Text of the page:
32. Infamous trial site : SALEM
Salem is a seaport on the Massachusetts coast. It is noted as the location of the Salem Witch Trials of 1692, an event that the city commemorates during the run-up to Halloween every year in October.

34. Super-rare feat in baseball lore : QUADRUPLE PLAY
Apparently, a quadruple play is possible in baseball. Such a feat would occur if the bases are loaded with no outs. The batter hits a fly ball, and all runners take off. The fly ball is caught (probably unexpectedly), for the first out. The ball is thrown to second base to catch the runner off-base giving the second out. The ball is quickly thrown to first, catching another runner off-base for the third out. The runner who left third has crossed home plate, but doesn’t score as he hasn’t tagged up, so is given the fourth out. This fourth out is allowed, to negate any score. And that, is a quadruple play.

39. 1968 hit by the Dells whose title precedes “the time,” “the place,” “the girl” and “the face” : THERE IS
The Dells were an R&B band that was founded in the early fifties, and was active with several personnel changes until 2009. Their biggest hit by far was “Oh, What a Night”, that almost topped the charts in 1956, and did get to the #1 spot in 1969 when it was re-recorded.

44. Metro line: Abbr. : RTE
I guess a metro line is route (rte.), unless I am missing something …

53. What “check” could mean : NO BET
In a card game like poker, a player can say “check” when not raising the pot.

54. The “him” in the 1939 film line “I won’t let you take him!” : TOTO
Toto is Dorothy’s dog in the 1939 film “The Wizard of Oz”. Toto was played by a dog called Terry, but Terry’s name was soon changed to Toto in real life, due to the success of the film.

55. Insurance company based in Pennsylvania : ERIE
Erie Insurance, based in Erie, Pennsylvania, started out in 1925 offering auto insurance. Today, Erie also offer home, commercial and life insurance.

57. Cry for silence and attention : OYES
“Oyez” (sometimes “oyes”) is an Anglo-French word traditionally called out three times, meaning “hear ye!”

58. Color akin to cyan : TEAL
The beautiful color of teal takes it name from the duck called a “teal”, which has dark greenish-blue (teal) markings on its head and wings.

“Cyan” is short for “cyan blue”. The term comes from the Greek word “kyanos” meaning “dark blue, the color of lapis lazuli”.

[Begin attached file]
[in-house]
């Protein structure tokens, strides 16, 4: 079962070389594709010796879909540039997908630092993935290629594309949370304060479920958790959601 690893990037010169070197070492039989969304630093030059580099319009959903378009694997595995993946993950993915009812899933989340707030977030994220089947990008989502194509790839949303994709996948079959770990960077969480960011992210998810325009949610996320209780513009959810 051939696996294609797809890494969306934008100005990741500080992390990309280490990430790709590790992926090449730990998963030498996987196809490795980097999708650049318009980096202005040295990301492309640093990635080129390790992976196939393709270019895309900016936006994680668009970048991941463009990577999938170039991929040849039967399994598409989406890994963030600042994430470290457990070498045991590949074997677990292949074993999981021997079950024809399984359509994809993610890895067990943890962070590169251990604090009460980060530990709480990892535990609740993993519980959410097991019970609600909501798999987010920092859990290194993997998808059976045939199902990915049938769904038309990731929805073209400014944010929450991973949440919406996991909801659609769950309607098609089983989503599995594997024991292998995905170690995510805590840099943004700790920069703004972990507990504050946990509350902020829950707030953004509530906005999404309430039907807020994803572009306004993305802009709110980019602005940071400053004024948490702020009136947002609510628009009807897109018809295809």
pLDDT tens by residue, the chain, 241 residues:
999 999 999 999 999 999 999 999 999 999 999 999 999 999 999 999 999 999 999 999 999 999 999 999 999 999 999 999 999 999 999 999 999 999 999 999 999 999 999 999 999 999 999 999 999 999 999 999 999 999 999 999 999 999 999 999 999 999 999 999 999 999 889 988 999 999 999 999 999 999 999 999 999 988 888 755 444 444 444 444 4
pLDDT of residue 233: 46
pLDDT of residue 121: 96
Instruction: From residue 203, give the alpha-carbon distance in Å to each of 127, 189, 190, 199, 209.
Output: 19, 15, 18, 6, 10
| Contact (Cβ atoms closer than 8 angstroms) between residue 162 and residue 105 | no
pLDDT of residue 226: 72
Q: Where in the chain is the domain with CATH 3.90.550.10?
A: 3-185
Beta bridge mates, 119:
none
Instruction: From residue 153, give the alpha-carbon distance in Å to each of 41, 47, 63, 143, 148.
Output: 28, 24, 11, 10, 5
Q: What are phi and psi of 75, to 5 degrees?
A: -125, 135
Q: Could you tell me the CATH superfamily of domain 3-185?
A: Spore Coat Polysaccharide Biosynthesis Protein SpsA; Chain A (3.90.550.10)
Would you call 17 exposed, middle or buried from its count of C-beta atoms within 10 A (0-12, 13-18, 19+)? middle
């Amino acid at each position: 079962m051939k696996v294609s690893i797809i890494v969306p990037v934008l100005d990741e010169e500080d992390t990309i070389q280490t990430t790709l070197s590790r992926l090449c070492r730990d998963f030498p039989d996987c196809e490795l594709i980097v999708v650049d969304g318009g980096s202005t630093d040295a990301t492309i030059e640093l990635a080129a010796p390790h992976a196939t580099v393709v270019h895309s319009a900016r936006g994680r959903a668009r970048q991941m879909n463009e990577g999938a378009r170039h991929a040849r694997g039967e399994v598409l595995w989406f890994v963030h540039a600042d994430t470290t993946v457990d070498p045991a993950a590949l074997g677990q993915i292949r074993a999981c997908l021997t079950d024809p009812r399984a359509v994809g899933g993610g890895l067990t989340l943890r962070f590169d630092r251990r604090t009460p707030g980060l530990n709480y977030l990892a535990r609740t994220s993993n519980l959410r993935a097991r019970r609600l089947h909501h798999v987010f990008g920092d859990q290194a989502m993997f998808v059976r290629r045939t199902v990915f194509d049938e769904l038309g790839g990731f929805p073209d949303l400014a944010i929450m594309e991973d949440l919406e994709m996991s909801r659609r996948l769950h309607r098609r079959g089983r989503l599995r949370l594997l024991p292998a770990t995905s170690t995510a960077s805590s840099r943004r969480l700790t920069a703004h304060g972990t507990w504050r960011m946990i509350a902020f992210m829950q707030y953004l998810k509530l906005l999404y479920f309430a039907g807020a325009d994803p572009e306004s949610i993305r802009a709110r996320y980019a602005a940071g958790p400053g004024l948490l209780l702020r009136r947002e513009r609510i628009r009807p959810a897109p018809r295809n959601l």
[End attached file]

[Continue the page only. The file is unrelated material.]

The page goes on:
59. Like the Sahara : SANDY
The name “Sahara” means “greatest desert” in Arabic and it is just that, a great desert covering almost 4 million square miles of Northern Africa. That’s almost the size of the United States.

Down
1. It ran on many clones : MS-DOS
MS-DOS (short for Microsoft Disk Operating System) was the main operating system used by IBM-compatible PCs in the eighties and for much of the nineties.

In the early days of desktop computing, an IBM clone (also a “PC clone”) was a computer built by an IBM competitor that was designed to function just like an IBM, but without using any copyrighted material or trade secrets that were the intellectual property of IBM. Clones were always a competitive issue for IBM, and perhaps were part of the reason that IBM doesn’t make desktop computers today …

2. Close-Up competitor, once : IPANA
Ipana toothpaste was introduced in 1915 and was at the height of its popularity in the forties and fifties. Sales declined in the sixties and the product was withdrawn from the US market in the seventies. Bucky the Beaver was the “spokesman” for Ipana. Bucky the Beaver’s slogan was “Brusha… Brusha… Brusha. Get the New Ipana – it’s dandy for your teeth!”

3. A Verizon forerunner : NYNEX
After the breakup of AT&T in 1984, the former AT&T subsidiaries New York Telephone and New England Telephone got together to form NYNEX, a new company providing telephone service in the northeast of the country. The name NYNEX comes from New York (NY) New England (NE) Exchange (X). NYNEX is no more, as it was swallowed up by Verizon.

4. They often get smashed : SOTS